Famous Brands (Johannesburg:FBR) a fast-food chain owner based in Midrand, said, on Monday, that it would buy a 49 percent stake in Nigeria’s UAC Restaurants Limited, which comprises of 165 franchised eateries across Africa’s most populous nation. The amount of the cash deal, which will become effective on Oct. 1, was undisclosed.
“We are enormously excited about this transaction, which boosts the Group’s strategy to expand its presence the broader African QSR [quick-service restaurants] market,” said Famous Brands CEO Kevin Hedderwick. “Famous Brands has operated in African countries north of South Africa’s borders for 15 years and we have a good grasp of doing business in those territories; prudent expansion in a select range of key markets in the region has always been part of our program.”
Famous Brands already has a presence in 15 other African countries. Its various franchises include Debonairs Pizza, Coffee Couture and Steers, a burger chain. This year, the corporation is testing the waters outside the continent with Steers outlets in the UK and a Debonairs eatery in India. But, the company remains focused on Africa, which is home to some of the fastest-growing economies in the world.
South Africa boasts the continent’s biggest economy but its projected GDP growth rate for 2013 is one of Africa’s lowest, making the World Bank’s 2.5 percent forecast look optimistic. And the country is struggling with a huge wealth gap, shrinking foreign currency reserves, recurring power outages, ongoing labor strikes and a weakening currency.
Nigeria is also facing serious problems, including income inequality, corruption and a slowdown in oil production due to theft and security issues, but the country’s GDP is expected to grow by 6.6 percent this year, and West Africa is considered to be one of the most economically dynamic regions on the continent.
“Nigeria is an attractive destination for QSRs and the country has seen an influx of international brands recently,” notes Larry Ettah, UAC Group CEO. “Future consumer expenditure is underpinned by a range of key drivers, including higher monthly income levels resulting from GDP expansion, an increase in the minimum wage [in 2011 from $46 to $111 per month], and a shift in social class demographics, with the middle class expected to increase to 35 percent of the population in 2015 compared to 30 percent in 2009.”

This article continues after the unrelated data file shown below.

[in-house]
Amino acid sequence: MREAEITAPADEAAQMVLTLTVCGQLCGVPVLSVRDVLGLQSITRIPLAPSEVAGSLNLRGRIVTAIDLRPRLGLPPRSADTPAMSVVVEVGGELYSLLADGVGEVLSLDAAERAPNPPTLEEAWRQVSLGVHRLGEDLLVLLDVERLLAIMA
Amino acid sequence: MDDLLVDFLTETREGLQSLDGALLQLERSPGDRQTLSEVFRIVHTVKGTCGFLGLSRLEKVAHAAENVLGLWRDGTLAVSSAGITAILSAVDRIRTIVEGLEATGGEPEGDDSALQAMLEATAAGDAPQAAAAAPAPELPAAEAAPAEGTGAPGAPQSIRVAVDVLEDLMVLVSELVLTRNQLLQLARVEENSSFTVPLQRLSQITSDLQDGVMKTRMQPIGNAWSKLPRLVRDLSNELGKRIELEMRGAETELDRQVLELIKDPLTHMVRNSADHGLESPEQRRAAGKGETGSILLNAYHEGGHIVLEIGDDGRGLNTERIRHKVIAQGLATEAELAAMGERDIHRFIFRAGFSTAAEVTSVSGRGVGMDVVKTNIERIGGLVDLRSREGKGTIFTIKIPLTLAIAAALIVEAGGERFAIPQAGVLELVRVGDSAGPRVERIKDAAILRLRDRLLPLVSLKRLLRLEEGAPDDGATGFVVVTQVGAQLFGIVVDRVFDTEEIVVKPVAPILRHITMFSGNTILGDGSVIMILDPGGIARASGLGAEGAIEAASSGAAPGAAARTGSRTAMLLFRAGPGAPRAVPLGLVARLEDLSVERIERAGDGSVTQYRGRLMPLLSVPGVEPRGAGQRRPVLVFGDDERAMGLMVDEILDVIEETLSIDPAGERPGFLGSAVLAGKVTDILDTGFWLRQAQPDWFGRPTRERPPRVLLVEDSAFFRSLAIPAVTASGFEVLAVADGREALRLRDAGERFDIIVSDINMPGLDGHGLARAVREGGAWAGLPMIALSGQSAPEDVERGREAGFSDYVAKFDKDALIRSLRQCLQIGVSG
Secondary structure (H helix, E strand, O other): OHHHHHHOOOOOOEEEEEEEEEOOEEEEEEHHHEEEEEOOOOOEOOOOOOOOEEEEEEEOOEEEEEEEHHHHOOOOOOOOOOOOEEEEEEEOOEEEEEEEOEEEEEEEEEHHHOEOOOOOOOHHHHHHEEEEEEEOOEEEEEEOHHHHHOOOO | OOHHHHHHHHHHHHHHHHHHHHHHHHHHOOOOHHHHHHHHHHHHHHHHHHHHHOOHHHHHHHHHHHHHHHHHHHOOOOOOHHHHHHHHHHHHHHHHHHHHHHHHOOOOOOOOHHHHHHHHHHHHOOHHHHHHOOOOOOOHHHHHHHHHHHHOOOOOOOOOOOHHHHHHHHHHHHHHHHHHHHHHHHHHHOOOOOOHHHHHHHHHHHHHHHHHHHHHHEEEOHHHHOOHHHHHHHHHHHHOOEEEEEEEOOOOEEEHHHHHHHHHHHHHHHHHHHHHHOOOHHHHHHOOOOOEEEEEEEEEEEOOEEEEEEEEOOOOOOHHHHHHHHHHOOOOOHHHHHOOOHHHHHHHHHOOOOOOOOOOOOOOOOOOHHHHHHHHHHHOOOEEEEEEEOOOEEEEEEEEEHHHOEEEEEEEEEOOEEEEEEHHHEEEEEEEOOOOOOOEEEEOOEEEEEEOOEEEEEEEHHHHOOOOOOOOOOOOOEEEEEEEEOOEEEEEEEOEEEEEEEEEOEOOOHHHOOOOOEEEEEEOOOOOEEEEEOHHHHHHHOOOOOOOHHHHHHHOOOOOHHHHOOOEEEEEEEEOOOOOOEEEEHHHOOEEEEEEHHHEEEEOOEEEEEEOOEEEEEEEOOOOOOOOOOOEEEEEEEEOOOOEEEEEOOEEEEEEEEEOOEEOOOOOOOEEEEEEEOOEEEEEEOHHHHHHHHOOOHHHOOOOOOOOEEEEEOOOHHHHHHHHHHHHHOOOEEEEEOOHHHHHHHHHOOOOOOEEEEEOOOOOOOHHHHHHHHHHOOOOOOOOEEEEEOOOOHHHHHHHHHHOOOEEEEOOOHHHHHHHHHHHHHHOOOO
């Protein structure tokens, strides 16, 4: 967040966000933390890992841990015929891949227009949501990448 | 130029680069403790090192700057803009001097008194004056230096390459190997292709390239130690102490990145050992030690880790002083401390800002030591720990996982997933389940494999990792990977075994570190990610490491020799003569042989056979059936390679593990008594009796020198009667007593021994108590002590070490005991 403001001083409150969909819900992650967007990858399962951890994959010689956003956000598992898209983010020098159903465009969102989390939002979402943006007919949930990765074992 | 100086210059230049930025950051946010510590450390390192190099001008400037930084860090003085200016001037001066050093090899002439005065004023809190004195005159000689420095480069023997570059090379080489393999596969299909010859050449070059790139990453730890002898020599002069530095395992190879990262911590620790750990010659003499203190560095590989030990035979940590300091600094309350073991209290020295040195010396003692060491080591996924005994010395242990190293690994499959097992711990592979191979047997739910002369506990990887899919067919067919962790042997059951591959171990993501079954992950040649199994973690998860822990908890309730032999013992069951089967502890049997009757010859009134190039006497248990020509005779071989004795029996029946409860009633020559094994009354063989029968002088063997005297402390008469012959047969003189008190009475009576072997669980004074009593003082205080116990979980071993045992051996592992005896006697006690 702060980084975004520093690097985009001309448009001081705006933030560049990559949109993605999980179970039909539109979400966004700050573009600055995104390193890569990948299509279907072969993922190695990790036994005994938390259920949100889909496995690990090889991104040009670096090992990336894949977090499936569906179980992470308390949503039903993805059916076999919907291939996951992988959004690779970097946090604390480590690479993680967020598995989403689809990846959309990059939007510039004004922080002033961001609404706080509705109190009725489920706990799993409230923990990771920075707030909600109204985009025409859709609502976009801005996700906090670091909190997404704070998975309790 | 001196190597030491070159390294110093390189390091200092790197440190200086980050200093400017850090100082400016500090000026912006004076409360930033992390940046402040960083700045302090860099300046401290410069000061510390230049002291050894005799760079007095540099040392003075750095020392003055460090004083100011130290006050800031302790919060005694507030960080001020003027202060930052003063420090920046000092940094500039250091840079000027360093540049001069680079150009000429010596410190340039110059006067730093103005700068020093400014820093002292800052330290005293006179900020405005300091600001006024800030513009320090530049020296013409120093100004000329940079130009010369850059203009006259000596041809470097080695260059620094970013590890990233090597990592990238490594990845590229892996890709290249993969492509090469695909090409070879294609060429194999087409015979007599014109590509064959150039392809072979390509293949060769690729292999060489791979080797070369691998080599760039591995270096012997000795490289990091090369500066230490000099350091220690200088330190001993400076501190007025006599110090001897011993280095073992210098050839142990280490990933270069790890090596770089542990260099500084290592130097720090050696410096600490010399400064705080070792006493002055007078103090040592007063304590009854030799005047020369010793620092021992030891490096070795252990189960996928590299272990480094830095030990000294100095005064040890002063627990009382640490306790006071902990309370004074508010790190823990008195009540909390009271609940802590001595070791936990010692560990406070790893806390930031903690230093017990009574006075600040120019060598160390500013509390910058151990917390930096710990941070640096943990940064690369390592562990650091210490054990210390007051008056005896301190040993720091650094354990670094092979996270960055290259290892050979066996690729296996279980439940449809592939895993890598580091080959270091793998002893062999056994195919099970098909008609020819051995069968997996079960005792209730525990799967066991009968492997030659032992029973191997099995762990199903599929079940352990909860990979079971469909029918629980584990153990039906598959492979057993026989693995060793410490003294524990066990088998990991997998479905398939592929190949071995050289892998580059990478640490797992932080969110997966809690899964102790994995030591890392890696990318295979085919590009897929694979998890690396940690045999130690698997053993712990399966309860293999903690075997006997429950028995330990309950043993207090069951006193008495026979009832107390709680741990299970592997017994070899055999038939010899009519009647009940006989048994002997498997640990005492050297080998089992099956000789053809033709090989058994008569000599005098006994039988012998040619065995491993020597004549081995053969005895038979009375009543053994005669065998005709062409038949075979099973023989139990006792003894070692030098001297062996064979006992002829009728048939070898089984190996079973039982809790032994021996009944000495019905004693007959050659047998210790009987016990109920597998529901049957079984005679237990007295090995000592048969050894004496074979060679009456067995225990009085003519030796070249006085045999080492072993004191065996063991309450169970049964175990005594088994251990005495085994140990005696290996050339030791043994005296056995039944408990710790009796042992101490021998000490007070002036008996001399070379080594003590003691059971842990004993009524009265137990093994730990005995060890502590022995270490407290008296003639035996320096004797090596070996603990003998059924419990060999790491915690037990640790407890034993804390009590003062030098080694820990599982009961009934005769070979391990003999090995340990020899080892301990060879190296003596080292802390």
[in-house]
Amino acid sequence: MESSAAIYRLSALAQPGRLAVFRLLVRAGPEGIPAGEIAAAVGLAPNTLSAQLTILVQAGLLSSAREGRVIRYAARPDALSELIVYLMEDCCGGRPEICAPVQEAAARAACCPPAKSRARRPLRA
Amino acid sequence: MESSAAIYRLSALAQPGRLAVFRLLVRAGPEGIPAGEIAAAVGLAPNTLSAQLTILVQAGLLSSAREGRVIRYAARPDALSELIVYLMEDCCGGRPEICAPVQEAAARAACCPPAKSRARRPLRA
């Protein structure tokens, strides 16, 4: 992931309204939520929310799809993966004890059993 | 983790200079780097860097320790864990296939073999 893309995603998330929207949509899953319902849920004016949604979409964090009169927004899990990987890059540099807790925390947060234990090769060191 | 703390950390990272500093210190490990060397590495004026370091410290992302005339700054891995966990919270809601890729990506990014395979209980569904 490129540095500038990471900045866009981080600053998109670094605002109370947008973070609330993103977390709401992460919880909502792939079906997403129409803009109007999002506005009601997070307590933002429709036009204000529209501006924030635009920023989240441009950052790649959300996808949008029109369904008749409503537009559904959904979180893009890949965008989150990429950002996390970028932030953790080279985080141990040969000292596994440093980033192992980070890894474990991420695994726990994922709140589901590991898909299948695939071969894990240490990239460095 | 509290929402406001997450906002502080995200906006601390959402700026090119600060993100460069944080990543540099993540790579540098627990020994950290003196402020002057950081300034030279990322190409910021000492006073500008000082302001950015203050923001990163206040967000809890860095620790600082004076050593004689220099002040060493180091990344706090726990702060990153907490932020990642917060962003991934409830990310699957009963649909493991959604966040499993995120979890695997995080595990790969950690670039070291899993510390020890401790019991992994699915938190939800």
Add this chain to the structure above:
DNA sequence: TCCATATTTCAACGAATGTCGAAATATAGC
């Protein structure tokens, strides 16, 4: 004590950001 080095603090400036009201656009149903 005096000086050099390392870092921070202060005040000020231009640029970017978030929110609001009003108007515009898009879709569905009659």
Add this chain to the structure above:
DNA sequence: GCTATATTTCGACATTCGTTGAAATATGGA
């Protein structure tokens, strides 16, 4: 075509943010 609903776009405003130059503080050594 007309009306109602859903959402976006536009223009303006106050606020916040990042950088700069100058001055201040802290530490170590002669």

However, these figures are up for debate as a recent report from Renaissance Capital, an investment bank, estimated that Nigeria’s middle class makes up only 23 percent of the population.
Although Famous Brands has lately been pushing into rural South African markets where it was previously underrepresented, international endeavors like the UAC share purchase are key drivers of growth. And, Famous Brands is far from being the only big company to look abroad for revenues.
Other economic explorers include the giant food retailer Shoprite (Johannesburg:SHP), which has set aside more then $200 million to build stores in Nigeria; Atterbury Group, a Pretoria-based property holding group that is investing heavily in malls in Ghana; and the wholesaler Massmart (Johannesburg:MSM), which plans to open 90 stores across the continent by the end of 2016.
And, if South Africa’s domestic economy continues to falter, fast-growing markets elsewhere on the continent could become even more attractive for these companies. According to Hedderwick, the UAC purchase opens the door to even more investments for Famous Brands outside of South Africa.
“Our immediate goal is to bed down this joint venture and optimize on the evident success of the existing operation and its enormous potential within the Nigerian market,” he said.
Culled from: http://www.ibtimes.com/south-african-economy-falters-fast-food-giant-famous-brands-seeks-fresh-pastures-nigeria-1406294